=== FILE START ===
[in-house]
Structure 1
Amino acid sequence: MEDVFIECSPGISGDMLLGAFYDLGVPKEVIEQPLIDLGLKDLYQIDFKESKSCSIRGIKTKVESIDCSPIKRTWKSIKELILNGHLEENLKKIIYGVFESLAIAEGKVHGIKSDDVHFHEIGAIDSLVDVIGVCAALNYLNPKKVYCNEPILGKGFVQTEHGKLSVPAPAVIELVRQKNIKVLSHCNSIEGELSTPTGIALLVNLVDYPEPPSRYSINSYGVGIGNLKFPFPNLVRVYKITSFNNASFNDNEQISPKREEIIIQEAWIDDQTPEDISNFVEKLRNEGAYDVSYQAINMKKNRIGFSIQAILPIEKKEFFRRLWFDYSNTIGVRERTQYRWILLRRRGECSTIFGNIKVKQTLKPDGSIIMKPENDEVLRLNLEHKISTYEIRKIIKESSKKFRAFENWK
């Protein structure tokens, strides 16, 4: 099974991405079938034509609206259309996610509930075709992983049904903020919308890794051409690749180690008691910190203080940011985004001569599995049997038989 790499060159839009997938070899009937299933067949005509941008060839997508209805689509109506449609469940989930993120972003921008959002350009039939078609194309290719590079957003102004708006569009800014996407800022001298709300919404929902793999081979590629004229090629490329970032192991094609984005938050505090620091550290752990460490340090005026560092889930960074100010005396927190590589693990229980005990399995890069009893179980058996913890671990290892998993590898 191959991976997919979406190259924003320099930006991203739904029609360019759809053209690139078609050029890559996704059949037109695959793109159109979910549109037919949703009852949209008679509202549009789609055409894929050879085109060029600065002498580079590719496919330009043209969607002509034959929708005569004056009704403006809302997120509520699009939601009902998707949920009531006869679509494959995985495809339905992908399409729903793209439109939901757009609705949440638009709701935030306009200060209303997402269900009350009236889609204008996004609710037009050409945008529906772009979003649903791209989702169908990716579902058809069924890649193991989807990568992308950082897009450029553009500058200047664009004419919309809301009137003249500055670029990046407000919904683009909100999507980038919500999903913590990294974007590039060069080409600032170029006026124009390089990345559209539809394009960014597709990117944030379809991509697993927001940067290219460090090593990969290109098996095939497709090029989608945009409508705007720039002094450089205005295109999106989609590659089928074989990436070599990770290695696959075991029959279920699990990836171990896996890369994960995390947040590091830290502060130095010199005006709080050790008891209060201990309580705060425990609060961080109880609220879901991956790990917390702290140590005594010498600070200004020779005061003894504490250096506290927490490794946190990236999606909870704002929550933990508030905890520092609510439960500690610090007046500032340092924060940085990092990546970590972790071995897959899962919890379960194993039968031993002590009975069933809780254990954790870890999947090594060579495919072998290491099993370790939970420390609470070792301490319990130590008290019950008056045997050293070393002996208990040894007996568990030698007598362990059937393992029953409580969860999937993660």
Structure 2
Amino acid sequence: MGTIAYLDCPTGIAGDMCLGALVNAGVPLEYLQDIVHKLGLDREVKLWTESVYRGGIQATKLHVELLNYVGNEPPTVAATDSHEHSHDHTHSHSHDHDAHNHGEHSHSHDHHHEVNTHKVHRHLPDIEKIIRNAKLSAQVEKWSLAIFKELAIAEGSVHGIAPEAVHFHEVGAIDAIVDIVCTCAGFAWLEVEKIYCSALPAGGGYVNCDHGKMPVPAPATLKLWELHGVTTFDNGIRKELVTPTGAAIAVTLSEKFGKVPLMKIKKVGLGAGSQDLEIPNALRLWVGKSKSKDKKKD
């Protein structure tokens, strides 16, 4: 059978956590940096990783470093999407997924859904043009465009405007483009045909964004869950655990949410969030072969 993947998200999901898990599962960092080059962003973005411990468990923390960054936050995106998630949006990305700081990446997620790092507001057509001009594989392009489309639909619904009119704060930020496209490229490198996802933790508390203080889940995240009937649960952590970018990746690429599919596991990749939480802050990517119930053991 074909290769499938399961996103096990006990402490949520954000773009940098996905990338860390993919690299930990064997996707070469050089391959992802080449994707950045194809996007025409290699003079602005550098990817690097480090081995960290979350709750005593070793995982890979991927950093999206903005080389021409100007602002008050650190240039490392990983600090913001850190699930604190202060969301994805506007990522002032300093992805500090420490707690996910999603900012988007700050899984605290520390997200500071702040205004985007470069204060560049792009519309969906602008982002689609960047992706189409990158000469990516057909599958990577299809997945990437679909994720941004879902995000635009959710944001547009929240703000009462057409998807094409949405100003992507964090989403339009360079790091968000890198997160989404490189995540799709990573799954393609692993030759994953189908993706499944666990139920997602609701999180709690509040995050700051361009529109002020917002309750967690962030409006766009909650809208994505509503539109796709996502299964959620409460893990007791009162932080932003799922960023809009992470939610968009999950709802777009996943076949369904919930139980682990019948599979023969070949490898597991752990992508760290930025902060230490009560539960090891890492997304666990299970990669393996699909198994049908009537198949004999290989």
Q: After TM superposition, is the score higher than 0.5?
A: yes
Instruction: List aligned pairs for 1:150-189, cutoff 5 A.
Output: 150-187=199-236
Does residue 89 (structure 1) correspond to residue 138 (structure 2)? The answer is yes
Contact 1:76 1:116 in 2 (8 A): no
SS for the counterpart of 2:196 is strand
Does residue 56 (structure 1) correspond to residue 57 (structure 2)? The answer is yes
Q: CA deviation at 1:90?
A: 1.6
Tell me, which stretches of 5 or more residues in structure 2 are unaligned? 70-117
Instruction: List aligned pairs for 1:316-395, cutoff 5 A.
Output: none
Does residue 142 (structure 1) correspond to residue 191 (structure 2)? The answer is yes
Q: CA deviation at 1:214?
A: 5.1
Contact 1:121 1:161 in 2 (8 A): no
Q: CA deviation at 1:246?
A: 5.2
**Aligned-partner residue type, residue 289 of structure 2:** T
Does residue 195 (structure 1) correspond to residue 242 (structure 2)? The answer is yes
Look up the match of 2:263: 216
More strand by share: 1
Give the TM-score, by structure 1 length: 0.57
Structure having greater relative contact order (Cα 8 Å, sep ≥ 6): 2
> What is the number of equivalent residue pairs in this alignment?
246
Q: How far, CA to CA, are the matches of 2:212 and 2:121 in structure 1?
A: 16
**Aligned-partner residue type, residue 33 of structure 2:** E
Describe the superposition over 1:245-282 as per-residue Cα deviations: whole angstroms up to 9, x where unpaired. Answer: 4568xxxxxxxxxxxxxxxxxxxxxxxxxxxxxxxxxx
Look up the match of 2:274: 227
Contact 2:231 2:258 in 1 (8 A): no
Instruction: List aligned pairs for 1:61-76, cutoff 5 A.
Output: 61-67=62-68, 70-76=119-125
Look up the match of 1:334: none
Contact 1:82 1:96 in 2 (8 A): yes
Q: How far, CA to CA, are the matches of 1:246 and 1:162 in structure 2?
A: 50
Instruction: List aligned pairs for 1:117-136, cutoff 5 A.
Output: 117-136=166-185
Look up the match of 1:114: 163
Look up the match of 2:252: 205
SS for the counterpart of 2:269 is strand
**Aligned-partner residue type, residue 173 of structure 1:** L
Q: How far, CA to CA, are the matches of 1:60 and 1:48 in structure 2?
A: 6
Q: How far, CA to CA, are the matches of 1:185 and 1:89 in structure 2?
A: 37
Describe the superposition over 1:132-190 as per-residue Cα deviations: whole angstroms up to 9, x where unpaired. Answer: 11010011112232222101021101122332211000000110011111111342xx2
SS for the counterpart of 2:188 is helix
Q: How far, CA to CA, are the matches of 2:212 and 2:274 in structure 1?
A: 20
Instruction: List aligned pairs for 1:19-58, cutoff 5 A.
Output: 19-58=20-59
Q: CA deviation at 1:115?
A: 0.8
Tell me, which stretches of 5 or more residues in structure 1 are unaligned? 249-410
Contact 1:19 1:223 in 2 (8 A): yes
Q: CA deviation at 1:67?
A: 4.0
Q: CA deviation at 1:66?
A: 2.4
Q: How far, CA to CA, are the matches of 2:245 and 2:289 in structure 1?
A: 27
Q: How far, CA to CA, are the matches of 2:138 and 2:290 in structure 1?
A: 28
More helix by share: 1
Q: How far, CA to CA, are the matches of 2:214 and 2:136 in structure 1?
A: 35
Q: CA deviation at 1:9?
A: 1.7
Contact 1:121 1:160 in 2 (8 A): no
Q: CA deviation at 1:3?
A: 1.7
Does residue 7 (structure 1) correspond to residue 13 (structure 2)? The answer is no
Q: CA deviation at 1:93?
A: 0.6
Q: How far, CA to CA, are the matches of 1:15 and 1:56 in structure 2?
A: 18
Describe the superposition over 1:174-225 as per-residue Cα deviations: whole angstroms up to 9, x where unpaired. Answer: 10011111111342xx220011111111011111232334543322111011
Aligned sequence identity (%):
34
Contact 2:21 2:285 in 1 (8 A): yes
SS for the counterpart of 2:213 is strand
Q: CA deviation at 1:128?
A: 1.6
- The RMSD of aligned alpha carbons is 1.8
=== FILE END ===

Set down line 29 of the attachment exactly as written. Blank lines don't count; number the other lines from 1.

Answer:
Look up the match of 2:263: 216